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Epileptic On Tour: Greetings from Budapest

Last week I had another mental breakdown. After a crisis of faith in God as well as within myself, I finally realised that I NEED to do things to take back control of my life. 
Am I having a mid life crisis???
I’ve been in a relationship with a man whose love I was always doubting. I lived in constant paranoia. I blame myself for this implicitly because I should never have allowed the situation to carry on for so long.
I allowed people in my job, church and family to define me and limit my life expectations. I lived in fear, afraid of everything around the corner. 
I’ve broken up with my boyfriend now and am throwing myself back into single life. Unfortunately this included a brief fling with a manic depressive romantic philosopher (I wish I was frickin joking… our love affair had to end when we both realised that we wanted to kill ourselves).
I’m posting this piece from a Mexican restaurant in Budapest, following an abrupt decision to stop moaning about wanting to go and actually doing something about it. 
I’m finally going to get that second tattoo and have been looking at designs. 
I’m passionately writing when I can.  
Perhaps this is all just a symptom of the mania. 
However, I’ve realised that I’ve never really been on my own. With my own life. Before Dan my life was about my family. Then there was Dan. Now it’s just me (and epilepsy). 

I’ve also realised that I don’t really know much about myself – what I love and what I don’t love, likes and dislikes. I’ve realised that being in my own company with the voices in my head (I was diagnosed with manic depression last week so I’m not even kidding!) isn’t necessarily a bad thing! With the use of mindfulness, I’m able to just sit and at least try to figure stuff out.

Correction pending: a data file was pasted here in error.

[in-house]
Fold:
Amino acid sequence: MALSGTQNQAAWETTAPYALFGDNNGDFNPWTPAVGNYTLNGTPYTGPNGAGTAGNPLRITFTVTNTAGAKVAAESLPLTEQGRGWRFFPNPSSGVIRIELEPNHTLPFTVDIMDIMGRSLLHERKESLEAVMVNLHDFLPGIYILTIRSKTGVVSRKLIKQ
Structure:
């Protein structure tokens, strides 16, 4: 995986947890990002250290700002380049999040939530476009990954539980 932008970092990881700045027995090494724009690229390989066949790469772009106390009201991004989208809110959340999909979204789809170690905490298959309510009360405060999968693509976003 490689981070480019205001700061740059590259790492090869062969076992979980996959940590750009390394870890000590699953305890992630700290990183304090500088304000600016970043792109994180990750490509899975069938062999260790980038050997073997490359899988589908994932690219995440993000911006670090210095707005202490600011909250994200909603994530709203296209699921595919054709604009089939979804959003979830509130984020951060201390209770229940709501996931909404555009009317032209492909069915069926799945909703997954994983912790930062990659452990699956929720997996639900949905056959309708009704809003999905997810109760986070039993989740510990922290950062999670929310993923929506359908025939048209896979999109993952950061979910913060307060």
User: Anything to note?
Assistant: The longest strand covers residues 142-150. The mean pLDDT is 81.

I’ve discovered that I love cycling (even though it does hurt my nonny when I cycle for too long!) and love going for long bike rides on my own, even if I manage to get myself lost.
I’ve missed travelling and although being in a different country leaves me partly petrified, I’m also ecstatic that I’m doing this. Budapest – a city full of profound history – is somewhere I’ve always wanted to go to and now at the age of 30 I’m finally getting to do it. 

And yesterday I was looking at flights to Kraków during half term. 

I no longer have anybody to feel homesick for so there’s nothing stopping me from jetting off when I can afford it. 

And to those who told me that I shouldn’t because of my epilepsy: I have a plastic bag full of medication and I think I know better than most how to look after myself.
I LOVE READING! I feel like a teenager again, where most of my free time is consumed with music and reading. It keeps me sane and reminds me to think. 
I hope that this feeling lasts. 
I write this not just as a self-celebratory piece but also to encourage. If you’re unhappy with your life you can do WHATEVER YOU WANT TO CHANGE IT. 

Author:

I’m Cece Alexandra and I have Epilepsy. Since being diagnosed, my life has changed significantly. After studying and teaching Humanities and Literature for all of my adult life, I was bullied and lost my job a month before qualifying to become an English Teacher. Once you fail the Teacher Training course in England, you cannot ever retrain; I then became too sick to work because of my Epilepsy. I am now currently studying an MSc in Mental Health Psychology with the University of Liverpool. My disability provokes me into raising awareness for invisible disabilities, which I also actively partake in with Epilepsy Action. Part of that awareness is to help fight against invisible disability discrimination - I believe that this behaviour is not cognitively unconscious; modern society is actively partaking in a hierarchy of disabilities and I believe that there is not enough psychological research to prove this. I am also clinically interested in Cultural Psychology - particularly Collectivist Culture, and wish to pursue this further in my academic career.

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